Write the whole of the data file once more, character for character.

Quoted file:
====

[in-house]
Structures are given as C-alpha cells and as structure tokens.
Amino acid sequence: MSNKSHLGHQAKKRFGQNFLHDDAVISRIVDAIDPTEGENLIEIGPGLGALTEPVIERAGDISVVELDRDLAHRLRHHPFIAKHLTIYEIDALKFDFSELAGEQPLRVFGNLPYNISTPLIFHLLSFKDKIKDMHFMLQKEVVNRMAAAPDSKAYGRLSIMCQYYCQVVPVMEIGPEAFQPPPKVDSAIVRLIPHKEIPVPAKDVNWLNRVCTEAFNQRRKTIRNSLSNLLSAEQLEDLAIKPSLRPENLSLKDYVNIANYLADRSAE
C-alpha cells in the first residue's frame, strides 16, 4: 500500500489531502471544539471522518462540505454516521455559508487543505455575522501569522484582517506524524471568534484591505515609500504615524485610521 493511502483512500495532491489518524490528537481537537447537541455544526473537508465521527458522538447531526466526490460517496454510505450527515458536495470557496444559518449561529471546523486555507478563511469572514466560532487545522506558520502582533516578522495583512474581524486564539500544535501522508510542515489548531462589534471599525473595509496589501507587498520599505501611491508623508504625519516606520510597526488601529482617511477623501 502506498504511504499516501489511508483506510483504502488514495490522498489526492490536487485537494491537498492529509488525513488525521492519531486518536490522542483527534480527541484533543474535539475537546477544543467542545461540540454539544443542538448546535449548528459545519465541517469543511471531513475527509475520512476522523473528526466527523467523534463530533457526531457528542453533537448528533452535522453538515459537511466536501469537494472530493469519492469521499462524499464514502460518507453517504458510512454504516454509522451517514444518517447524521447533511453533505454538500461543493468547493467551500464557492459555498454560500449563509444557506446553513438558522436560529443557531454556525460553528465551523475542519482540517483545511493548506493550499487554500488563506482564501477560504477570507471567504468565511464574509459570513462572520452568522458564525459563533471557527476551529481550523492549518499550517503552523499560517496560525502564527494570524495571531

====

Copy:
[in-house]
Structures are given as C-alpha cells and as structure tokens.
Amino acid sequence: MSNKSHLGHQAKKRFGQNFLHDDAVISRIVDAIDPTEGENLIEIGPGLGALTEPVIERAGDISVVELDRDLAHRLRHHPFIAKHLTIYEIDALKFDFSELAGEQPLRVFGNLPYNISTPLIFHLLSFKDKIKDMHFMLQKEVVNRMAAAPDSKAYGRLSIMCQYYCQVVPVMEIGPEAFQPPPKVDSAIVRLIPHKEIPVPAKDVNWLNRVCTEAFNQRRKTIRNSLSNLLSAEQLEDLAIKPSLRPENLSLKDYVNIANYLADRSAE
C-alpha cells in the first residue's frame, strides 16, 4: 500500500489531502471544539471522518462540505454516521455559508487543505455575522501569522484582517506524524471568534484591505515609500504615524485610521 493511502483512500495532491489518524490528537481537537447537541455544526473537508465521527458522538447531526466526490460517496454510505450527515458536495470557496444559518449561529471546523486555507478563511469572514466560532487545522506558520502582533516578522495583512474581524486564539500544535501522508510542515489548531462589534471599525473595509496589501507587498520599505501611491508623508504625519516606520510597526488601529482617511477623501 502506498504511504499516501489511508483506510483504502488514495490522498489526492490536487485537494491537498492529509488525513488525521492519531486518536490522542483527534480527541484533543474535539475537546477544543467542545461540540454539544443542538448546535449548528459545519465541517469543511471531513475527509475520512476522523473528526466527523467523534463530533457526531457528542453533537448528533452535522453538515459537511466536501469537494472530493469519492469521499462524499464514502460518507453517504458510512454504516454509522451517514444518517447524521447533511453533505454538500461543493468547493467551500464557492459555498454560500449563509444557506446553513438558522436560529443557531454556525460553528465551523475542519482540517483545511493548506493550499487554500488563506482564501477560504477570507471567504468565511464574509459570513462572520452568522458564525459563533471557527476551529481550523492549518499550517503552523499560517496560525502564527494570524495571531